Richard Goode & Jonathan Biss

Schubert
Allegro in A minor, D947 (Lebensstürme)
Schubert, arr. Debussy
Six Etudes en forme de canon, Op.56
Beethoven
Grosse Fuge in B flat, Op.134 [arr. composer]
Stravinsky
Agon [arr. composer]
Debussy
En blanc et noir

Richard Goode & Jonathan Biss (pianos & piano duet)


Reviewed by: Richard Whitehouse

Reviewed: 31 May, 2008
Venue: Southbank Centre, London – Queen Elizabeth Hall

Richard Goode. Photograph: Sascha GusovPublic recitals for piano duet or two pianos are few: understandable, perhaps, in repertoire that often evinces a didactic function. Yet when the emergent music is projected without loss of inner conviction, then the actual performances can take on a hitherto unsuspected levels of intensity. Such was the case with this recital from Richard Goode and Jonathan Biss.

It helped that the programme had been so effectively arranged, with each half ending in an undoubted masterpiece for its medium. Schubert got the evening off to an enthralling start with his A minor Allegro (1828) – the most impulsive and demonstrative of all his works for piano duet (Anthony Burton’s programme note raised the intriguing possibility of its bring a sketch for a symphonic first movement – has it been transcribed thus?). Goode and Biss spared nothing in emotional intensity, while ensuring the music’s intricate textures and probing harmonies were never obscured. After this, Schumann’s canonic Etudes (1845) might easily have been underwhelming, but heard in Debussy’s restrained and lucid transcription (1891), they yielded undoubted poise – Schumann’s hard-won contrapuntal fluency more gratefully underlined than could ever be possible on the awkward hybrid that was the pedal-piano.

Jonathan BissIn the case of Stravinsky’s last ballet Agon (1957), the loss arises in some of his most astringent and characterful orchestration; yet, as so often, rhythm is the raison d’être of his music – and being able to savour the increasingly stark yet elaborate interplay of these twelve dances is hardly to be passed over. In so teasing out the work’s myriad subtleties, Goode and Biss ensured that this was anything but a functional arrangement – and with the retention of castanets in ‘Bransle Gay’ making their mark almost as a ‘click-track’ maintaining order in the face of an inscrutable rhythmic punning.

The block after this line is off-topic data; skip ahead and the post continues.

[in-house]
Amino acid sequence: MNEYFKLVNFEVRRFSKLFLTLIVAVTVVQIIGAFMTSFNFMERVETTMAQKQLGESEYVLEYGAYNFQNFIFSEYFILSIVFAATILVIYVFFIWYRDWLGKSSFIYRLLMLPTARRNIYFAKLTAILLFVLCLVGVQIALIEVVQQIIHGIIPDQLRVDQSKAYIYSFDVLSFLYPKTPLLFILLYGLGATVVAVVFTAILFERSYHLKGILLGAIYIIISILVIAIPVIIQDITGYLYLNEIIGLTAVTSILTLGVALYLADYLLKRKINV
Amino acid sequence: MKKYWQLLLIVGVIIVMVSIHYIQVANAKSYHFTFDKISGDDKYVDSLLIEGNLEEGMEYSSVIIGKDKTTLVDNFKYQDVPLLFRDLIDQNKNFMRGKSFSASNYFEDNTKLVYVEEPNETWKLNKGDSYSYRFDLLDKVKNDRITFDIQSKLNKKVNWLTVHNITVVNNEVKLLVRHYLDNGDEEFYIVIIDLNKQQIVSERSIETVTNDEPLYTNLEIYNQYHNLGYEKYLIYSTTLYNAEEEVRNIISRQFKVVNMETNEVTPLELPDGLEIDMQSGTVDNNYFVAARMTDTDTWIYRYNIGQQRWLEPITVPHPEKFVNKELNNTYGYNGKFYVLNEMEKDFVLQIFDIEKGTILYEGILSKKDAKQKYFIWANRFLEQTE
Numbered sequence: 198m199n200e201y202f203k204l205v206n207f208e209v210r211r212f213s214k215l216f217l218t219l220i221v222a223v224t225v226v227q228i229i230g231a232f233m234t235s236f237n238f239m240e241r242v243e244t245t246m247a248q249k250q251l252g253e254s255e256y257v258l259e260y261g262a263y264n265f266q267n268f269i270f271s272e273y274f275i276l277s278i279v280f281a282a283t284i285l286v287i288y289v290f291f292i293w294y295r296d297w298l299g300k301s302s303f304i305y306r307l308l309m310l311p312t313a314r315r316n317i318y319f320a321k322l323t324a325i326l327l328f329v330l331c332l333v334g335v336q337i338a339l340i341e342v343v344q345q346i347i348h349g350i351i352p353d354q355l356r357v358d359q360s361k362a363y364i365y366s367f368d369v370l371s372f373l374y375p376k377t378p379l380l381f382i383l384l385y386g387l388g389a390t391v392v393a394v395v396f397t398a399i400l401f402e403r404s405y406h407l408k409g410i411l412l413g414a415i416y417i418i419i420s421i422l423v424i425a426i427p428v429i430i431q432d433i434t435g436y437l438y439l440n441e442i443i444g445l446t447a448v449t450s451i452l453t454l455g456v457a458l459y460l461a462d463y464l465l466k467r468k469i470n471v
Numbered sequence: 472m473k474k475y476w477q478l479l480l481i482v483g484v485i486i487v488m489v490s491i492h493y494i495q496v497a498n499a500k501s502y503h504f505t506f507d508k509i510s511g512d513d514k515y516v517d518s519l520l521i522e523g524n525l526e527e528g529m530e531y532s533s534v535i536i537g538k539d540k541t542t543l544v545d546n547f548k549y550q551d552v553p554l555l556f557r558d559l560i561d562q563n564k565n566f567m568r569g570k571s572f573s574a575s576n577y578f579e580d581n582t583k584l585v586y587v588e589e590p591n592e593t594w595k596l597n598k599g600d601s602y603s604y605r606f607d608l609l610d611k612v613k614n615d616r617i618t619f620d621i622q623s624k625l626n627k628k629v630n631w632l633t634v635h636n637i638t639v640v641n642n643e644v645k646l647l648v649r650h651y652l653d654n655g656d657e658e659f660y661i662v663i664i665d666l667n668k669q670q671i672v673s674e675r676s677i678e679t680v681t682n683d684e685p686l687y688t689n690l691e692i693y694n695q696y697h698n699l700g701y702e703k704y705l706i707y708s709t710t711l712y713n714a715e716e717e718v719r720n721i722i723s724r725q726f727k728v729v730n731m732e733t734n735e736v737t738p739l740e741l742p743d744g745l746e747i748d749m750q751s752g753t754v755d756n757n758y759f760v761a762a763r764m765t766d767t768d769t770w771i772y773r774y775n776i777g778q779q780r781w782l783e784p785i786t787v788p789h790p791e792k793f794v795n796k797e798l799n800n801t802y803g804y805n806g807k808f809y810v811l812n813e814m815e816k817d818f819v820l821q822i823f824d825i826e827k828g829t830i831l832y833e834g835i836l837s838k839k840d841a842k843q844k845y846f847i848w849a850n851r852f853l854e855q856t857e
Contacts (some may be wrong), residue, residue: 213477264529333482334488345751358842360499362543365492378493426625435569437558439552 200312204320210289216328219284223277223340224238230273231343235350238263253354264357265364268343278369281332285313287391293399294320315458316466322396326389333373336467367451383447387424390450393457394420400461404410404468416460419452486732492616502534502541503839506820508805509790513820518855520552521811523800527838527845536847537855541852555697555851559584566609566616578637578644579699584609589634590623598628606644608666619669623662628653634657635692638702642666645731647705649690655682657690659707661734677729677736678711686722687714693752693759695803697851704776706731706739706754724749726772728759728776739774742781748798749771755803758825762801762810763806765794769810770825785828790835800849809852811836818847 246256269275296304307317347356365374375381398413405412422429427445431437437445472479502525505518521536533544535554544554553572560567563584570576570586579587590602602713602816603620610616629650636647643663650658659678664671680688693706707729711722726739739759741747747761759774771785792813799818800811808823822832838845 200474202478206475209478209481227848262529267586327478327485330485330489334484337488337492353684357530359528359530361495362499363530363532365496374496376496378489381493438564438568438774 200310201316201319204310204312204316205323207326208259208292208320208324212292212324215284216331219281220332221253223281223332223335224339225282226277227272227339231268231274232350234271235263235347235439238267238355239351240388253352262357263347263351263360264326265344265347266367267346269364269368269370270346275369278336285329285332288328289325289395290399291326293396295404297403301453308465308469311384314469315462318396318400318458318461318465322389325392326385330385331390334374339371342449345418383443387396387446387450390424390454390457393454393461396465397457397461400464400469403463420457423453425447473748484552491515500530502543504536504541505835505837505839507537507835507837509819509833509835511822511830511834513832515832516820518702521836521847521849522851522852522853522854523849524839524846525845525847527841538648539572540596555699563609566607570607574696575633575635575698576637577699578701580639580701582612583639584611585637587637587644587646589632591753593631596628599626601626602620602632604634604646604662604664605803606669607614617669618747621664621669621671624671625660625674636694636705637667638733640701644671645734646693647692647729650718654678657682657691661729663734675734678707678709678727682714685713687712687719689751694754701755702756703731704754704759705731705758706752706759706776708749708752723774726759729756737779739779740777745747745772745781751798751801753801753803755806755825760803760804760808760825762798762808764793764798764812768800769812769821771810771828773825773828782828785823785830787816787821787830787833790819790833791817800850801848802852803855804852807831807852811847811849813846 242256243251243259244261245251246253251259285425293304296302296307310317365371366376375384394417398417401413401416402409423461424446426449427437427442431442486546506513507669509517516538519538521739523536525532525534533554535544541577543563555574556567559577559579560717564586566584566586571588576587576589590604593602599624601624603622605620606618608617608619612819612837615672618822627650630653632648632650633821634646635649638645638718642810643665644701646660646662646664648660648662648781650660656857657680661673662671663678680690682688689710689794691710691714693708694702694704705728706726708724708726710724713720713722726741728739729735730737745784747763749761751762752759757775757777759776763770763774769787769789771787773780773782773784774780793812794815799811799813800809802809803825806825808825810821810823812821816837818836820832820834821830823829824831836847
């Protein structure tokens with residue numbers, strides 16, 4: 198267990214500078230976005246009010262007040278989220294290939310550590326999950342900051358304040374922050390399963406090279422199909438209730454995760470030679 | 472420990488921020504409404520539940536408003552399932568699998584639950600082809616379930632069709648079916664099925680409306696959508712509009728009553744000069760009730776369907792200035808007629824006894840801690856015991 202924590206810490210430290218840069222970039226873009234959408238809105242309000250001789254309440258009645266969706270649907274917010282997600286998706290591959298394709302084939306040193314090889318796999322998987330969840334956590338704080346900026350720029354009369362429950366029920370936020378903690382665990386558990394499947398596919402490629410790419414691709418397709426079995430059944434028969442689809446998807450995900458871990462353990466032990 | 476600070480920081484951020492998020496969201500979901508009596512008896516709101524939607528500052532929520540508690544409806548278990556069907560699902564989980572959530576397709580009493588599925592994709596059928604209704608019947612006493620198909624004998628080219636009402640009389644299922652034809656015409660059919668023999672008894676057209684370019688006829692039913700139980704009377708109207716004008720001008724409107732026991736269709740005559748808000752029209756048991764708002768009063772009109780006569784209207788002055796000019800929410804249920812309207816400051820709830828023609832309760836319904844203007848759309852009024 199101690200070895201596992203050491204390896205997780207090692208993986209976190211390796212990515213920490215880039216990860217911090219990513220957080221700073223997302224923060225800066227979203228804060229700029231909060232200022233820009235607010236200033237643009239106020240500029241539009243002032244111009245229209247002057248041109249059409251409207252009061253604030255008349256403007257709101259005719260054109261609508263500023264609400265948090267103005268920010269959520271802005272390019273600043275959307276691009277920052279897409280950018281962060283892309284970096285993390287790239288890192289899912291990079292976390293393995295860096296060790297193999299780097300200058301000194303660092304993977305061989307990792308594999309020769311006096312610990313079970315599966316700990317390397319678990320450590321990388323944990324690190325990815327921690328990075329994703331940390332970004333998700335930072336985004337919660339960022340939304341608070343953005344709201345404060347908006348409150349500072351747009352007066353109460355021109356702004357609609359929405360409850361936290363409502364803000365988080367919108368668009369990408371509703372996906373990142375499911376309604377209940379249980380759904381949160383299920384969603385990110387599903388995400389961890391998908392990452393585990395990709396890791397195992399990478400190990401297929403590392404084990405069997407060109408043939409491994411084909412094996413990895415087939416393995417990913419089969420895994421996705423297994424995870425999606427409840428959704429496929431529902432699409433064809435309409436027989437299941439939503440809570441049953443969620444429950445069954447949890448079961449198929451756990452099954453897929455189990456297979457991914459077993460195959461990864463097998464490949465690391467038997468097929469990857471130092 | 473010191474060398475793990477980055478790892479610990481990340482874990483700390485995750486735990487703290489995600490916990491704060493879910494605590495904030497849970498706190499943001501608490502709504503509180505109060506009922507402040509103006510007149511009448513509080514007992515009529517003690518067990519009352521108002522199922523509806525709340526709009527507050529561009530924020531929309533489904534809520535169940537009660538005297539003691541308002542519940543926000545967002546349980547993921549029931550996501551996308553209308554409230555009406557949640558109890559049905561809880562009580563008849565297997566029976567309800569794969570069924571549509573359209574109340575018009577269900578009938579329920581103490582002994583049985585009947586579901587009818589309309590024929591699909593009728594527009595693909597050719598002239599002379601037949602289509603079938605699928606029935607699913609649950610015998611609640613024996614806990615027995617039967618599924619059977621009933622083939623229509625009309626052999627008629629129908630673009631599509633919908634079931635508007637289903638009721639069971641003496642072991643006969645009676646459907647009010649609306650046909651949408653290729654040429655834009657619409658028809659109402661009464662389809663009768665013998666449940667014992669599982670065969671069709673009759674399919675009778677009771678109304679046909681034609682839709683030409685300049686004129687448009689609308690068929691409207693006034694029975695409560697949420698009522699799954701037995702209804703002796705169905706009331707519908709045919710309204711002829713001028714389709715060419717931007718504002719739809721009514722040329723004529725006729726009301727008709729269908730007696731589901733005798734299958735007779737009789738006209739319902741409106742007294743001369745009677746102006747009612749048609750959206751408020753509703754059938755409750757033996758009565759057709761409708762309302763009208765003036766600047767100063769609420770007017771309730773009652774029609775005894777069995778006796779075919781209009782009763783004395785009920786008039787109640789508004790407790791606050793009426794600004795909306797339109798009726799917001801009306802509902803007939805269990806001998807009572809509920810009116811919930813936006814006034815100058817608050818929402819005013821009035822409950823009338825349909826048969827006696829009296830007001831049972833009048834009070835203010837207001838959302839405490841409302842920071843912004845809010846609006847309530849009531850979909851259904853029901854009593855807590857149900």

The first half had concluded with Beethoven’s own transcription of his Grosse Fuge (1826) – one of his most intensive such arrangements (as the belatedly rediscovered manuscript confirms) and, as given here, one of his most impressive. Much of its impact here stemmed from these players’ almost intuitive grasp of the ‘give and take’ necessary to bring off such a confrontational rendering of this most challenging of masterpieces (originally for string quartet). Right from the imperious ‘Overtura’, one sensed an interpretative trajectory that drew together the combative Allegro, the soulful Meno mosso, the fantasy of the Allegro molto and the motivic reconfiguring of the coda such that they unfolded in an unstoppable sweep. Put another way, few hearing the piece for the first time in this version would suspect it was not the original instrumentation: a true fête of inspired musicianship and execution.

Ending the recital with Debussy’s En blanc et noir (1915) might have risked understatement, were it not that this two-piano triptych is the most exploratory of its composer’s late works in rhythm and texture: much of what Bartók and Stravinsky, even Messiaen, went on to achieve would be unlikely without it. If Goode and Biss seemed just a little inhibited in the opening piece – with its fatalistic, Goya-inspired musings – then the central evocation of national and also cultural conflict was properly unnerving, while the closing scherzo scintillated in its unblinking clarity and lightly-inflected energy.

A fitting conclusion to a recital which is certain to prove a highlight of the year’s music-making in London. Should Goode and Biss continue their partnership, then a programme featuring the Beethoven and Debussy – together with Mozart’s Adagio and Fugue, Stravinsky’s Concerto for Two Pianos and, above all, Busoni’s Fantasia Contrappuntistica – would make for an evening no less unmissable.


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